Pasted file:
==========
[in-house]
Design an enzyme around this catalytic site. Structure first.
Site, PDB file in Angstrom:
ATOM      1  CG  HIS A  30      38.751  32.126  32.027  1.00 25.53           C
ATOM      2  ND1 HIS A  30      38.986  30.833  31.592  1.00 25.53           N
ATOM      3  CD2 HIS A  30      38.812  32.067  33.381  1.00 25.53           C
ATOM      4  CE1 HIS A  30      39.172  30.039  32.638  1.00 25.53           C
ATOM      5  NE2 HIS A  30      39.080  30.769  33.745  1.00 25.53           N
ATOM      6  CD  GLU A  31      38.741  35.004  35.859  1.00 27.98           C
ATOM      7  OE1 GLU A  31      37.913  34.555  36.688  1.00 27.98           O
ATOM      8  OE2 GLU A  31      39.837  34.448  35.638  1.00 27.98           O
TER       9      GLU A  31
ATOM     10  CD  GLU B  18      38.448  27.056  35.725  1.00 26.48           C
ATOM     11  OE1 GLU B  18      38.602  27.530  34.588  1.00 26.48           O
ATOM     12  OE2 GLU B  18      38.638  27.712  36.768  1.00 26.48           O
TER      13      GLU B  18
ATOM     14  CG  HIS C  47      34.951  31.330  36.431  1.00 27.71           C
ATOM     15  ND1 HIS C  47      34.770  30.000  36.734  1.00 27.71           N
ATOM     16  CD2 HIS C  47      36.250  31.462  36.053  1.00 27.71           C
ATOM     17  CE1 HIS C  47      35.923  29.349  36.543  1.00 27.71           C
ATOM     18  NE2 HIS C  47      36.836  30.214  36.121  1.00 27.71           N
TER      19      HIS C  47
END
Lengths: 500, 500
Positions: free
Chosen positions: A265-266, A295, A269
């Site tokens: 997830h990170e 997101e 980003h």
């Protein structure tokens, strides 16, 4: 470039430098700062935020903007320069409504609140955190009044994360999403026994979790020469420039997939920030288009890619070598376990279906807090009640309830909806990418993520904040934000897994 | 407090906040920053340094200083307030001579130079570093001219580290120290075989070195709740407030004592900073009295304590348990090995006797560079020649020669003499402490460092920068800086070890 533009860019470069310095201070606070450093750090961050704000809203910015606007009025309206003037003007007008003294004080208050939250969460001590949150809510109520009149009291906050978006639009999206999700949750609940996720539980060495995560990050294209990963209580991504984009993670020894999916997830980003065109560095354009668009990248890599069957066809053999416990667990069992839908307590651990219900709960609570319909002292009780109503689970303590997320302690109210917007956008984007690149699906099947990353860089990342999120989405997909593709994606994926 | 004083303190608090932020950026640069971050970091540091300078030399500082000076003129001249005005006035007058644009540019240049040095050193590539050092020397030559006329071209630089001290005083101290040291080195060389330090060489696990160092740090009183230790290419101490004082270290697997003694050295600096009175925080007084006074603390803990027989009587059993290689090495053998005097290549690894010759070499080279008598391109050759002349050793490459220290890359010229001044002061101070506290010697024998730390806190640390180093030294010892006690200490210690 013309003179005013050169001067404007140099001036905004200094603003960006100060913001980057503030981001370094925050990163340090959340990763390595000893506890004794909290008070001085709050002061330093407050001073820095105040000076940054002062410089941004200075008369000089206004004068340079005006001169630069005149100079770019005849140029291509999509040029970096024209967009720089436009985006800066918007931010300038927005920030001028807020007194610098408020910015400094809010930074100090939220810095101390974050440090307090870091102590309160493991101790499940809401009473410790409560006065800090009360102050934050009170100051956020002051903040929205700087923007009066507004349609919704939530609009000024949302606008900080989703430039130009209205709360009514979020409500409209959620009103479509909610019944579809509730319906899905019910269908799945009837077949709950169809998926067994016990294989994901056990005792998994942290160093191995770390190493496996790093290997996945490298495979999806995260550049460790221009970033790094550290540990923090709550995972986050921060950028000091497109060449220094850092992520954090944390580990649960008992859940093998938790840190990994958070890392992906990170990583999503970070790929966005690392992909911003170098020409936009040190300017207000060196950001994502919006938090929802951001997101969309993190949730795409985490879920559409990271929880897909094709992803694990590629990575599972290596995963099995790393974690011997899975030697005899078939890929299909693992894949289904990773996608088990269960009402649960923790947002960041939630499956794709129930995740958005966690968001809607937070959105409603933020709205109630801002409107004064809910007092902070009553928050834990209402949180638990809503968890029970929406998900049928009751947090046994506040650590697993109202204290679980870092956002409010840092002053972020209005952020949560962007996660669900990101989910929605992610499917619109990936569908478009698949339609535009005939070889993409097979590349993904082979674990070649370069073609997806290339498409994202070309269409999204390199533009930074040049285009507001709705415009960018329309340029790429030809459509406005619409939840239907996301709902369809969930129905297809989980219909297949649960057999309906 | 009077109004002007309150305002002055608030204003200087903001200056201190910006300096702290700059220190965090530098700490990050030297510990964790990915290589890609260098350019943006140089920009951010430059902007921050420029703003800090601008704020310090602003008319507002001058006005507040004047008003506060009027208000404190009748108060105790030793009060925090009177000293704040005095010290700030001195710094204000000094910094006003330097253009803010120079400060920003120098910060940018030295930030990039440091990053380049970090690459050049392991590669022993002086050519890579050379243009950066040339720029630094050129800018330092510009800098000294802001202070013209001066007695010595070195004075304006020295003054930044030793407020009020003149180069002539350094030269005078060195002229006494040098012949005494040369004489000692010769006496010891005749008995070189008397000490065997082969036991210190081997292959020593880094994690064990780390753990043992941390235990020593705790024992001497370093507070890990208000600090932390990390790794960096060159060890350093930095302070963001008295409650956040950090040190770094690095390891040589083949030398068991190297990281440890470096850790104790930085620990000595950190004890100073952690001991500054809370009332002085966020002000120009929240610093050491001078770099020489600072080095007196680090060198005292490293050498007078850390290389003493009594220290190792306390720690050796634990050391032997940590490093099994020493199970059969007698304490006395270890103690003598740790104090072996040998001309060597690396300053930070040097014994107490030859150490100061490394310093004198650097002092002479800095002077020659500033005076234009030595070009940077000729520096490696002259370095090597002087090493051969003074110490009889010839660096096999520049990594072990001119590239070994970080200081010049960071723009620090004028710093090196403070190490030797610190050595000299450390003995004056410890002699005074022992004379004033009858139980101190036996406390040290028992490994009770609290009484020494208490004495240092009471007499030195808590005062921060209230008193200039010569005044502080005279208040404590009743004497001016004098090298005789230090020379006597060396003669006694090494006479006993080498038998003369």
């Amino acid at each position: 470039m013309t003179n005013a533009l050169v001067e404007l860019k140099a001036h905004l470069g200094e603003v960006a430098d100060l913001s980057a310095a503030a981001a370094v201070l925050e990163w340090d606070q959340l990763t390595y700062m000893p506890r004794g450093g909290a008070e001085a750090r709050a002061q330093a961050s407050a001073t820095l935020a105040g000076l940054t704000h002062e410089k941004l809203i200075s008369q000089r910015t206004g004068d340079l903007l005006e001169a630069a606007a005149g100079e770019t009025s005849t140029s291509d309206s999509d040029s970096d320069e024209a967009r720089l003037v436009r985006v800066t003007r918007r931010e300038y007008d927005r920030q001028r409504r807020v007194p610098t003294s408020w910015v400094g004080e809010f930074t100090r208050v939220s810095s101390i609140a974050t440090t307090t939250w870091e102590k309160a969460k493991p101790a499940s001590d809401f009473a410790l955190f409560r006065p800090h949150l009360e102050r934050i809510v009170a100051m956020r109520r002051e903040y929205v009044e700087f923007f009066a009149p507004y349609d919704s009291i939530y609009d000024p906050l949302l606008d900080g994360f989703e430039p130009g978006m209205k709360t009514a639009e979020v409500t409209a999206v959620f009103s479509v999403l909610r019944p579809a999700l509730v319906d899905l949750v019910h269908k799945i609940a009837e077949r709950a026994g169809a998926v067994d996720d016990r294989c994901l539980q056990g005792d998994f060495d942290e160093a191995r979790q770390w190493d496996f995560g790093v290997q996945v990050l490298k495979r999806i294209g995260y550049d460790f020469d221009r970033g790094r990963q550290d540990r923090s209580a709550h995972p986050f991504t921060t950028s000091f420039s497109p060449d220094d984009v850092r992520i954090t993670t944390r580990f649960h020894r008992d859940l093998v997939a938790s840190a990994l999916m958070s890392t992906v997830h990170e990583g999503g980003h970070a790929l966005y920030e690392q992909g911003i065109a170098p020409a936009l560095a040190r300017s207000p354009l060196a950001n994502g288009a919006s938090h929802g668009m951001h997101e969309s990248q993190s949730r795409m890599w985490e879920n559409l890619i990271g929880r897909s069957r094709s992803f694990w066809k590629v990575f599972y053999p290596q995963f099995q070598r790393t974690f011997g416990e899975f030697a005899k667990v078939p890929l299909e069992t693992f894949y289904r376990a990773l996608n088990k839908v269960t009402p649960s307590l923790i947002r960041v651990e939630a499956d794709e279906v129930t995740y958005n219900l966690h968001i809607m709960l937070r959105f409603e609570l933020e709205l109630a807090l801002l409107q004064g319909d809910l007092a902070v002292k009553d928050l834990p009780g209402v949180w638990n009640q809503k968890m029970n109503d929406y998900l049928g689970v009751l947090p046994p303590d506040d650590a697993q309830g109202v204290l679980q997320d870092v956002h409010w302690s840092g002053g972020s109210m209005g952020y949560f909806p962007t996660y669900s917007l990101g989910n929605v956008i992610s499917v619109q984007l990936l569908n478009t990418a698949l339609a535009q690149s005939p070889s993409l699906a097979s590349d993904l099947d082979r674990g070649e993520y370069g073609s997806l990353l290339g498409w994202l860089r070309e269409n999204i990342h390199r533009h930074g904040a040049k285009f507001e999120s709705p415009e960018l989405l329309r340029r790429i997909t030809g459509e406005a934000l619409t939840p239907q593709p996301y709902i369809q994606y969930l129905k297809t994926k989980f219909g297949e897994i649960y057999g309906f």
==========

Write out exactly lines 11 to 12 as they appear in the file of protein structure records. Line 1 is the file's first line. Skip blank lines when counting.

ATOM      8  OE2 GLU A  31      39.837  34.448  35.638  1.00 27.98           O
TER       9      GLU A  31